ROCKPORT, Me. — After several months of open deliberations about her future, Senator Susan Collins of Maine announced Friday that she would not run for governor and would remain in the Senate.
“I want to continue to play a key role in advancing policies that strengthen our economy, help our hard-working families, improve our health care system, and bring peace and stability to a violent and troubled world,” she said. “And I have concluded that the best way that I can contribute to these priorities is to remain a member of the United States Senate.”
Ms. Collins, a Republican who was first elected to the Senate in 1996, has become a thorn in the side of President Trump, for whom she did not vote. Most famously, she played a crucial role this summer in dooming his goal of repealing the Affordable Care Act.
Since April, Ms. Collins, 64, has toyed publicly with the idea of running for governor, which was the first office she ran for, in 1994. Though she lost that race, she said she was still drawn to the ability of a governor to have a direct and immediate effect on people’s lives by creating jobs and spurring economic development. She also said she felt an affinity for Augusta, the capital, where a long line of ancestors served in the State Legislature, starting with her great-great grandfather and including her father.
Had she run and won the race for governor in 2018, she would have become the first woman in Maine to hold the office.
Although she has been one of Maine’s most popular politicians for some time, there was no guarantee that she would win her party’s nomination in the June primary. Gov. Paul R. LePage, a fellow Republican who is barred by term limits from seeking a third term, has been stirring the political pot against her. Ms. Collins, a moderate who has glided to victory in her recent elections, this time faced the likely prospect of bruising and expensive attacks from the right.
Now in her fourth term in Washington, she ranks 15th among the 100 senators in seniority and appears to be at the height of her power. As one of the few moderates in a closely divided Senate, she is often a swing vote, and, as she demonstrated during the health care debate, she can often influence the outcome of important legislation. Since Mr. Trump became president, she has voted less often with her party than any other Republican senator.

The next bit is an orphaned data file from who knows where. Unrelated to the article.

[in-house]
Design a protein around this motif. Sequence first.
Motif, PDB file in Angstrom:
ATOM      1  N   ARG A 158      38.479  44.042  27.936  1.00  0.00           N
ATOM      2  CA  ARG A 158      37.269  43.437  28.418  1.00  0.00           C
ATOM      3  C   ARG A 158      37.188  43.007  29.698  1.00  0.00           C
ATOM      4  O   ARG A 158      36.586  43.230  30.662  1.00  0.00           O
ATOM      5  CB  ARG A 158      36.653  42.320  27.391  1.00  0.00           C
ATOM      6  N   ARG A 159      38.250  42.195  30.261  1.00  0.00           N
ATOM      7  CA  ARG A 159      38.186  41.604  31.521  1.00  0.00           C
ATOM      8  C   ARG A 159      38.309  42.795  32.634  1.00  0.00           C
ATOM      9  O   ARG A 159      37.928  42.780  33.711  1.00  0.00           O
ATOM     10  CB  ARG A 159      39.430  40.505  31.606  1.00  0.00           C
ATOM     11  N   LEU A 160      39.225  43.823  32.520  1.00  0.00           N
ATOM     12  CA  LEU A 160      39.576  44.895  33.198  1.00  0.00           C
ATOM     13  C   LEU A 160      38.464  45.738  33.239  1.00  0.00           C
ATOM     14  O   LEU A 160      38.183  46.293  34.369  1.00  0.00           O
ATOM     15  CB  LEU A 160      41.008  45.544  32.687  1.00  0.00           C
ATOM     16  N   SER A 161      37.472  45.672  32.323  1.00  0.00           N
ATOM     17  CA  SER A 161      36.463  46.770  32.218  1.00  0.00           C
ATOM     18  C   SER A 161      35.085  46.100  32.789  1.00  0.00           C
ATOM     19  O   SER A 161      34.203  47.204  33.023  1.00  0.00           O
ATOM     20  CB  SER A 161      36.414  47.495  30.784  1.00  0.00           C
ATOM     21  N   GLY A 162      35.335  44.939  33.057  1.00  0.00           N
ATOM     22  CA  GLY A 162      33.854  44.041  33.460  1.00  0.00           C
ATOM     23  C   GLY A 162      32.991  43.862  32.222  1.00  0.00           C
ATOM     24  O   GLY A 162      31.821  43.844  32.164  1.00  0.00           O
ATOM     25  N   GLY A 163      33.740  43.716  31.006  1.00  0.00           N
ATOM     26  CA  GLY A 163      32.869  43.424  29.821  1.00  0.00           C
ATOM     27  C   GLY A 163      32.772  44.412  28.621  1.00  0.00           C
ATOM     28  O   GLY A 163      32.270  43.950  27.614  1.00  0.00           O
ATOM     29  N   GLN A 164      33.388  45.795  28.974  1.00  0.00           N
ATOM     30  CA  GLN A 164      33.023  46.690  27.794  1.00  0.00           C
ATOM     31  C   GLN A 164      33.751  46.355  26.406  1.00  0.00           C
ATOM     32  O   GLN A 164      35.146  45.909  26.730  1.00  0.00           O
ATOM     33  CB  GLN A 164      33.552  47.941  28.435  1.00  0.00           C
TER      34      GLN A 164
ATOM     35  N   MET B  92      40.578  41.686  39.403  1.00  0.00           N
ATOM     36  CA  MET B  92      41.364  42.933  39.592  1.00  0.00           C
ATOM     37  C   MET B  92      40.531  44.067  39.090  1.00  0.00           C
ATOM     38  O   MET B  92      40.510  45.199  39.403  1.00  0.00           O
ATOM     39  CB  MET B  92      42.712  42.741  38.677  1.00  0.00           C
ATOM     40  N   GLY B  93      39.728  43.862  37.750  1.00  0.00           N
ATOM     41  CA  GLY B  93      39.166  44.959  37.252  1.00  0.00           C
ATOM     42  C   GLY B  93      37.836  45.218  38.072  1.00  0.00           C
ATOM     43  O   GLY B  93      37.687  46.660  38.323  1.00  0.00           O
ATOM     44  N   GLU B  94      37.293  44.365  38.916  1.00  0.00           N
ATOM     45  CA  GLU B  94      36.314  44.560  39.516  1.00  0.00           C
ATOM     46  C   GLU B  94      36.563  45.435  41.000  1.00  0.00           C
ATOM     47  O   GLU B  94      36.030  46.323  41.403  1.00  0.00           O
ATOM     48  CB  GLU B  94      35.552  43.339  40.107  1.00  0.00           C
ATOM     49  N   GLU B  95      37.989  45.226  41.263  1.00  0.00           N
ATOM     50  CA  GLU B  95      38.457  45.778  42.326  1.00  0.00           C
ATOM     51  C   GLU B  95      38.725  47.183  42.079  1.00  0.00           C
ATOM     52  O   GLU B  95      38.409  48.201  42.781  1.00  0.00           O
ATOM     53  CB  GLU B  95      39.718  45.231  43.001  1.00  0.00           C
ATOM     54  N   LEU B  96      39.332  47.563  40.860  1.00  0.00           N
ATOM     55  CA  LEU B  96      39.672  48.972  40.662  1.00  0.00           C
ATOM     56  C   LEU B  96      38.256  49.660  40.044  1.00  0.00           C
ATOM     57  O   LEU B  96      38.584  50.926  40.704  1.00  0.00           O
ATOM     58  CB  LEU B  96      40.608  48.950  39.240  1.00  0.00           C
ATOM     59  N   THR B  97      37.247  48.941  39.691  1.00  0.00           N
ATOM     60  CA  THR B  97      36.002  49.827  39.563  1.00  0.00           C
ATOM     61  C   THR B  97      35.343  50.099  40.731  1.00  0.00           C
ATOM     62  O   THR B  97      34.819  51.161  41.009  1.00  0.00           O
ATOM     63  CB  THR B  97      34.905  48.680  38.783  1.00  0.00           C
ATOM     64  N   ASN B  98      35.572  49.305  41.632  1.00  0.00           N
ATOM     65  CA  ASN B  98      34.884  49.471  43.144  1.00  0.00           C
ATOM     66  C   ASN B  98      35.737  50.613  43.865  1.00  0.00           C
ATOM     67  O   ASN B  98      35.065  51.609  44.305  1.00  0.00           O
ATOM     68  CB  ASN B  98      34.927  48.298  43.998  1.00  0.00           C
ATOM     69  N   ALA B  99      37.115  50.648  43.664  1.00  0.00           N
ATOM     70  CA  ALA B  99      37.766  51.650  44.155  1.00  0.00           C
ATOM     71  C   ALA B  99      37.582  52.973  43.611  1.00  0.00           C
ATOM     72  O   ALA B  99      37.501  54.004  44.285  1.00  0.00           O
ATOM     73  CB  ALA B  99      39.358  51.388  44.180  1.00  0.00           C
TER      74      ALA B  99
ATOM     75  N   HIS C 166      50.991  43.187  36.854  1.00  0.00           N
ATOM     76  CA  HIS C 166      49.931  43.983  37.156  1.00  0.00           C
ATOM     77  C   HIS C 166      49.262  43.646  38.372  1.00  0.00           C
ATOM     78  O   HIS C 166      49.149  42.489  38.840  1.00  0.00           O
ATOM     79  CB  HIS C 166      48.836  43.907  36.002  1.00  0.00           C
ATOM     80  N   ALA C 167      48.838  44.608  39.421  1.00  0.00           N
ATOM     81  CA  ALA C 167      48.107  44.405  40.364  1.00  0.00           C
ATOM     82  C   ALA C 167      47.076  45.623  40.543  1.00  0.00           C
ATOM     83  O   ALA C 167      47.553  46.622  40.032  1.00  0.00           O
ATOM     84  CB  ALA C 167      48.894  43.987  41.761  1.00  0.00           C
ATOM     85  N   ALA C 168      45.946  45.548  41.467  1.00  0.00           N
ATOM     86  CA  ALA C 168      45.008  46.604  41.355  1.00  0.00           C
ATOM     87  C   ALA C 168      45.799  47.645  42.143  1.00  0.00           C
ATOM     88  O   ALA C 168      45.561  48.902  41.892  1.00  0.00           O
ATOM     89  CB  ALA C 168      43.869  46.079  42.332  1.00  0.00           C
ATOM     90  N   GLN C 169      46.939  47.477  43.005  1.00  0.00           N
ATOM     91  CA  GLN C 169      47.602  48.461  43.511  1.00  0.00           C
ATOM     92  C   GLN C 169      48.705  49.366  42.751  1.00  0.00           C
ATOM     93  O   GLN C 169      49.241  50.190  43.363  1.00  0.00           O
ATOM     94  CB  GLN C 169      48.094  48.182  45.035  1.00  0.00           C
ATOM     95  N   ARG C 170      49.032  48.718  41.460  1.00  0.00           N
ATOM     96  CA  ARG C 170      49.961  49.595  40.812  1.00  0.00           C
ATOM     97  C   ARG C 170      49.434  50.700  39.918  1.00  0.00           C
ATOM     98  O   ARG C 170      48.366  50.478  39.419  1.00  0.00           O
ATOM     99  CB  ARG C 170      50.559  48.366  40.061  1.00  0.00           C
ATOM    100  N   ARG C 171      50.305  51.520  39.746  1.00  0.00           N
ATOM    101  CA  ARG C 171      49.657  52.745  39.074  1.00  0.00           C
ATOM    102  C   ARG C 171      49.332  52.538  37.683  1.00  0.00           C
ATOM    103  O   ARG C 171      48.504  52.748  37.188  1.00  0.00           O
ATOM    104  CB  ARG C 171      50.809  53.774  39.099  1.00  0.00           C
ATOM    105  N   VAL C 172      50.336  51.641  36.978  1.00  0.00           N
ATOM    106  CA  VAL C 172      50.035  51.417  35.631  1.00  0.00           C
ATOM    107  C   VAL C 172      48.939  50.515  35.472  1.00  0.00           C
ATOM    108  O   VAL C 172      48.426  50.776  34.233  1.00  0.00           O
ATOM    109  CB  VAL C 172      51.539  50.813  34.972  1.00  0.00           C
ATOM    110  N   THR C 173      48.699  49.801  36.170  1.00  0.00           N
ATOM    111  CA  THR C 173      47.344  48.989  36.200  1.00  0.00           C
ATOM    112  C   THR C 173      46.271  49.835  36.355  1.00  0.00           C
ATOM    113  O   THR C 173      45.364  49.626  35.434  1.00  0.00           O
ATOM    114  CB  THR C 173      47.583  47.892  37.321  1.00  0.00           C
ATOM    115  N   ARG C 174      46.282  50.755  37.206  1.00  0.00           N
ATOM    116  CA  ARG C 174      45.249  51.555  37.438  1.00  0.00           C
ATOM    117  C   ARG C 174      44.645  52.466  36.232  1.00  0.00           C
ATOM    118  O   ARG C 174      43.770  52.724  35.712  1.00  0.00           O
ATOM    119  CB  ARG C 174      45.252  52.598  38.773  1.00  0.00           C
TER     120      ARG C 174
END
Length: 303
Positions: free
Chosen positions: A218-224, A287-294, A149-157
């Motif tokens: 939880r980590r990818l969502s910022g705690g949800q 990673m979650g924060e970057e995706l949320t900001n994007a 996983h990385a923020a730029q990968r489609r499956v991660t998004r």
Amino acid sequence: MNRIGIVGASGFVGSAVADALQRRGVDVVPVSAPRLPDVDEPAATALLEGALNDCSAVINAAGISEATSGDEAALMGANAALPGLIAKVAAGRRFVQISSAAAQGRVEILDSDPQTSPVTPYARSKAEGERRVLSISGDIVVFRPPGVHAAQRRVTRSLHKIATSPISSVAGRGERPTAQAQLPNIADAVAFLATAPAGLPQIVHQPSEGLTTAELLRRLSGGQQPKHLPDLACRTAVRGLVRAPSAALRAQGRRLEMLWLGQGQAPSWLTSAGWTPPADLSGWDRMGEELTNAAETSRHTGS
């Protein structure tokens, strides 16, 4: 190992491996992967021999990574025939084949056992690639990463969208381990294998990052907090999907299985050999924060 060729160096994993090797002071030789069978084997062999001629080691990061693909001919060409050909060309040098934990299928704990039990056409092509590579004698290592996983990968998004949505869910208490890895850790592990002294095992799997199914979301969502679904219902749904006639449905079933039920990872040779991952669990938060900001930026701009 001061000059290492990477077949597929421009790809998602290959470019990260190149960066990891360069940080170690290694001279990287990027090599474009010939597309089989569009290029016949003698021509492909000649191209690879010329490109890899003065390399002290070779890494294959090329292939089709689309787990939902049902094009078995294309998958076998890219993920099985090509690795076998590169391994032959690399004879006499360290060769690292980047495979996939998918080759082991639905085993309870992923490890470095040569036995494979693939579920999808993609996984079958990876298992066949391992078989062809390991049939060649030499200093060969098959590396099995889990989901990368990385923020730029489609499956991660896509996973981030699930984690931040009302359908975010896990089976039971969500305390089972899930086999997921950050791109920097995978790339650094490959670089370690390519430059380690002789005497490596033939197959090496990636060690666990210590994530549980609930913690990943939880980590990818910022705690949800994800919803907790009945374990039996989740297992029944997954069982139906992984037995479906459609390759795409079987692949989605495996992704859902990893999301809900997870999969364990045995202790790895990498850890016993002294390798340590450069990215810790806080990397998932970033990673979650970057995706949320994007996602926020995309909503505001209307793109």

By staying in the Senate, Ms. Collins “can continue to have a pretty interesting role as one of the few people who isn’t in lock step with one party,” said Stuart Rothenberg, a veteran political analyst for Inside Elections With Nathan L. Gonzales, a nonpartisan newsletter that analyzes campaigns.
“This will be bad news for Donald Trump,” he said, but good news for those on Capitol Hill “who are looking for dispassionate, pragmatic leadership and for members willing to cross party lines on important votes.”
Ms. Collins made her announcement at a breakfast meeting here of the Penobscot Bay Regional Chamber of Commerce. She kept the audience of about 225 people in suspense for more than half an hour as she discussed the pros and cons of the Affordable Care Act.
Finally, she turned to what she called “the elephant in the room.” She said a Senate colleague, whom she did not identify, had written her a note urging her to stay in the Senate. Ms. Collins read the note out loud: “The institution would suffer in your absence. While the temptation might be to walk away and leave the problems to others, there are very few who have the ability to bring about positive change. You are such a person.”
The audience applauded but still seemed uncertain of her decision, as she continued. “As I thought about this senator’s words, I realized how much remains to be done in a divided and troubled Washington if we are to serve the people of our states,” she said. “I have demonstrated the ability to work across the aisle, to build coalitions, and to listen to the people of my state and my country.”
She said she was “a congenital optimist” and believed that Congress could be more productive.